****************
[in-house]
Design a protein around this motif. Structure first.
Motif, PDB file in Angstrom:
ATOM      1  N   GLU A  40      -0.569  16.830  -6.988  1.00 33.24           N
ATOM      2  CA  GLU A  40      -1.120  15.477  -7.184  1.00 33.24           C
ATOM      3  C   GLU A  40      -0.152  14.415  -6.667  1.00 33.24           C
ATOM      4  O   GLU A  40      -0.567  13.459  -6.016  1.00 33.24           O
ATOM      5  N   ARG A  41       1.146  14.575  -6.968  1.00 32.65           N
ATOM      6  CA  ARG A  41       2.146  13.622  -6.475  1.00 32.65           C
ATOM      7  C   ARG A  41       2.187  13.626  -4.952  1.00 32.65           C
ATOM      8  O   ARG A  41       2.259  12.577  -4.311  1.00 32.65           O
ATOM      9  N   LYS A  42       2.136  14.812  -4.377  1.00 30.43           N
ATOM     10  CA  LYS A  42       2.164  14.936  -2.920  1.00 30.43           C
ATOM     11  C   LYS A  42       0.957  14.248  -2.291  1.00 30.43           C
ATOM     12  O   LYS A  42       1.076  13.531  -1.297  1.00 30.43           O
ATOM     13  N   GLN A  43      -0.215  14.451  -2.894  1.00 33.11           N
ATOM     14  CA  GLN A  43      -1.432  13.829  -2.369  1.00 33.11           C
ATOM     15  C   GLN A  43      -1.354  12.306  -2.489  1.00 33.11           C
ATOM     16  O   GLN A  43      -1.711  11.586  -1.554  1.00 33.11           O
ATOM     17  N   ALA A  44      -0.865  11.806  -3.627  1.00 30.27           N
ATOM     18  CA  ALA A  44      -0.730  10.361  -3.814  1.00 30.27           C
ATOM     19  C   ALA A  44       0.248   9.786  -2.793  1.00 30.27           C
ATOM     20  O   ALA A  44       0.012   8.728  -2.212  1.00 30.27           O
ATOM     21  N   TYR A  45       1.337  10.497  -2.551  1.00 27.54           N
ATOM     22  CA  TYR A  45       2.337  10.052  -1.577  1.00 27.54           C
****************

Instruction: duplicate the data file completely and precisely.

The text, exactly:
[in-house]
Design a protein around this motif. Structure first.
Motif, PDB file in Angstrom:
ATOM      1  N   GLU A  40      -0.569  16.830  -6.988  1.00 33.24           N
ATOM      2  CA  GLU A  40      -1.120  15.477  -7.184  1.00 33.24           C
ATOM      3  C   GLU A  40      -0.152  14.415  -6.667  1.00 33.24           C
ATOM      4  O   GLU A  40      -0.567  13.459  -6.016  1.00 33.24           O
ATOM      5  N   ARG A  41       1.146  14.575  -6.968  1.00 32.65           N
ATOM      6  CA  ARG A  41       2.146  13.622  -6.475  1.00 32.65           C
ATOM      7  C   ARG A  41       2.187  13.626  -4.952  1.00 32.65           C
ATOM      8  O   ARG A  41       2.259  12.577  -4.311  1.00 32.65           O
ATOM      9  N   LYS A  42       2.136  14.812  -4.377  1.00 30.43           N
ATOM     10  CA  LYS A  42       2.164  14.936  -2.920  1.00 30.43           C
ATOM     11  C   LYS A  42       0.957  14.248  -2.291  1.00 30.43           C
ATOM     12  O   LYS A  42       1.076  13.531  -1.297  1.00 30.43           O
ATOM     13  N   GLN A  43      -0.215  14.451  -2.894  1.00 33.11           N
ATOM     14  CA  GLN A  43      -1.432  13.829  -2.369  1.00 33.11           C
ATOM     15  C   GLN A  43      -1.354  12.306  -2.489  1.00 33.11           C
ATOM     16  O   GLN A  43      -1.711  11.586  -1.554  1.00 33.11           O
ATOM     17  N   ALA A  44      -0.865  11.806  -3.627  1.00 30.27           N
ATOM     18  CA  ALA A  44      -0.730  10.361  -3.814  1.00 30.27           C
ATOM     19  C   ALA A  44       0.248   9.786  -2.793  1.00 30.27           C
ATOM     20  O   ALA A  44       0.012   8.728  -2.212  1.00 30.27           O
ATOM     21  N   TYR A  45       1.337  10.497  -2.551  1.00 27.54           N
ATOM     22  CA  TYR A  45       2.337  10.052  -1.577  1.00 27.54           C